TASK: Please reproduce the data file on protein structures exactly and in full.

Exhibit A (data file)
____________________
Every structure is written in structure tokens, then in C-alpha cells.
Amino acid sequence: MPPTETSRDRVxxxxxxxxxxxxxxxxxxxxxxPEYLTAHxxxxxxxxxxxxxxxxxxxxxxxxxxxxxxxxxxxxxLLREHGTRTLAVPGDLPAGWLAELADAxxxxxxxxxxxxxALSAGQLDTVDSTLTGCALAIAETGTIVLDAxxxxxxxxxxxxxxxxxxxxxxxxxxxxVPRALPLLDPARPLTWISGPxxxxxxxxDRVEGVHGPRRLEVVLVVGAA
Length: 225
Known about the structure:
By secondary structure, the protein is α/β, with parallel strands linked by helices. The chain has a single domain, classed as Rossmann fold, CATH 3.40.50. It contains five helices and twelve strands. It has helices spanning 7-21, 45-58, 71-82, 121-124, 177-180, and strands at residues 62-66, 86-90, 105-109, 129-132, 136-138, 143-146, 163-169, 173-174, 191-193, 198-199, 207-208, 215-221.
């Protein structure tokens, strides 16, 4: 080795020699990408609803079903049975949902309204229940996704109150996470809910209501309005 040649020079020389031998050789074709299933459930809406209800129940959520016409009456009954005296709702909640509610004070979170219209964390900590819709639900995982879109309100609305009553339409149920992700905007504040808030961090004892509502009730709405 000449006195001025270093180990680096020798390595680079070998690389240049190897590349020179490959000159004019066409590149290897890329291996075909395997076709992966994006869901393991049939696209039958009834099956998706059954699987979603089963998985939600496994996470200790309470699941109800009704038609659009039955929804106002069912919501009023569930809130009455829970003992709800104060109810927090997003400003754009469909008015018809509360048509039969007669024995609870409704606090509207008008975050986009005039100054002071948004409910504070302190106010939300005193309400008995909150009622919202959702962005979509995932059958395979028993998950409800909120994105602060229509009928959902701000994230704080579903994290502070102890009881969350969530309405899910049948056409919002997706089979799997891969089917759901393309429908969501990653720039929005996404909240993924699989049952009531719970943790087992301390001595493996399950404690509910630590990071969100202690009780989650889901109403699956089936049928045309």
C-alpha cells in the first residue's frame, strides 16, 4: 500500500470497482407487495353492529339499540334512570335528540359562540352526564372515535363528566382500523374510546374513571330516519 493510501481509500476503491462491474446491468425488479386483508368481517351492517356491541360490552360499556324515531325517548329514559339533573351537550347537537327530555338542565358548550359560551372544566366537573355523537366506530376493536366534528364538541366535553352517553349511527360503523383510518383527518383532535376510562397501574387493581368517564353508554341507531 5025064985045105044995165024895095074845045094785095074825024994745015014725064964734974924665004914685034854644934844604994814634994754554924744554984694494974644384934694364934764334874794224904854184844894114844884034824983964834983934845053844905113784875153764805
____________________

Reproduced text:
Every structure is written in structure tokens, then in C-alpha cells.
Amino acid sequence: MPPTETSRDRVxxxxxxxxxxxxxxxxxxxxxxPEYLTAHxxxxxxxxxxxxxxxxxxxxxxxxxxxxxxxxxxxxxLLREHGTRTLAVPGDLPAGWLAELADAxxxxxxxxxxxxxALSAGQLDTVDSTLTGCALAIAETGTIVLDAxxxxxxxxxxxxxxxxxxxxxxxxxxxxVPRALPLLDPARPLTWISGPxxxxxxxxDRVEGVHGPRRLEVVLVVGAA
Length: 225
Known about the structure:
By secondary structure, the protein is α/β, with parallel strands linked by helices. The chain has a single domain, classed as Rossmann fold, CATH 3.40.50. It contains five helices and twelve strands. It has helices spanning 7-21, 45-58, 71-82, 121-124, 177-180, and strands at residues 62-66, 86-90, 105-109, 129-132, 136-138, 143-146, 163-169, 173-174, 191-193, 198-199, 207-208, 215-221.
């Protein structure tokens, strides 16, 4: 080795020699990408609803079903049975949902309204229940996704109150996470809910209501309005 040649020079020389031998050789074709299933459930809406209800129940959520016409009456009954005296709702909640509610004070979170219209964390900590819709639900995982879109309100609305009553339409149920992700905007504040808030961090004892509502009730709405 000449006195001025270093180990680096020798390595680079070998690389240049190897590349020179490959000159004019066409590149290897890329291996075909395997076709992966994006869901393991049939696209039958009834099956998706059954699987979603089963998985939600496994996470200790309470699941109800009704038609659009039955929804106002069912919501009023569930809130009455829970003992709800104060109810927090997003400003754009469909008015018809509360048509039969007669024995609870409704606090509207008008975050986009005039100054002071948004409910504070302190106010939300005193309400008995909150009622919202959702962005979509995932059958395979028993998950409800909120994105602060229509009928959902701000994230704080579903994290502070102890009881969350969530309405899910049948056409919002997706089979799997891969089917759901393309429908969501990653720039929005996404909240993924699989049952009531719970943790087992301390001595493996399950404690509910630590990071969100202690009780989650889901109403699956089936049928045309």
C-alpha cells in the first residue's frame, strides 16, 4: 500500500470497482407487495353492529339499540334512570335528540359562540352526564372515535363528566382500523374510546374513571330516519 493510501481509500476503491462491474446491468425488479386483508368481517351492517356491541360490552360499556324515531325517548329514559339533573351537550347537537327530555338542565358548550359560551372544566366537573355523537366506530376493536366534528364538541366535553352517553349511527360503523383510518383527518383532535376510562397501574387493581368517564353508554341507531 5025064985045105044995165024895095074845045094785095074825024994745015014725064964734974924665004914685034854644934844604994814634994754554924744554984694494974644384934694364934764334874794224904854184844894114844884034824983964834983934845053844905113784875153764805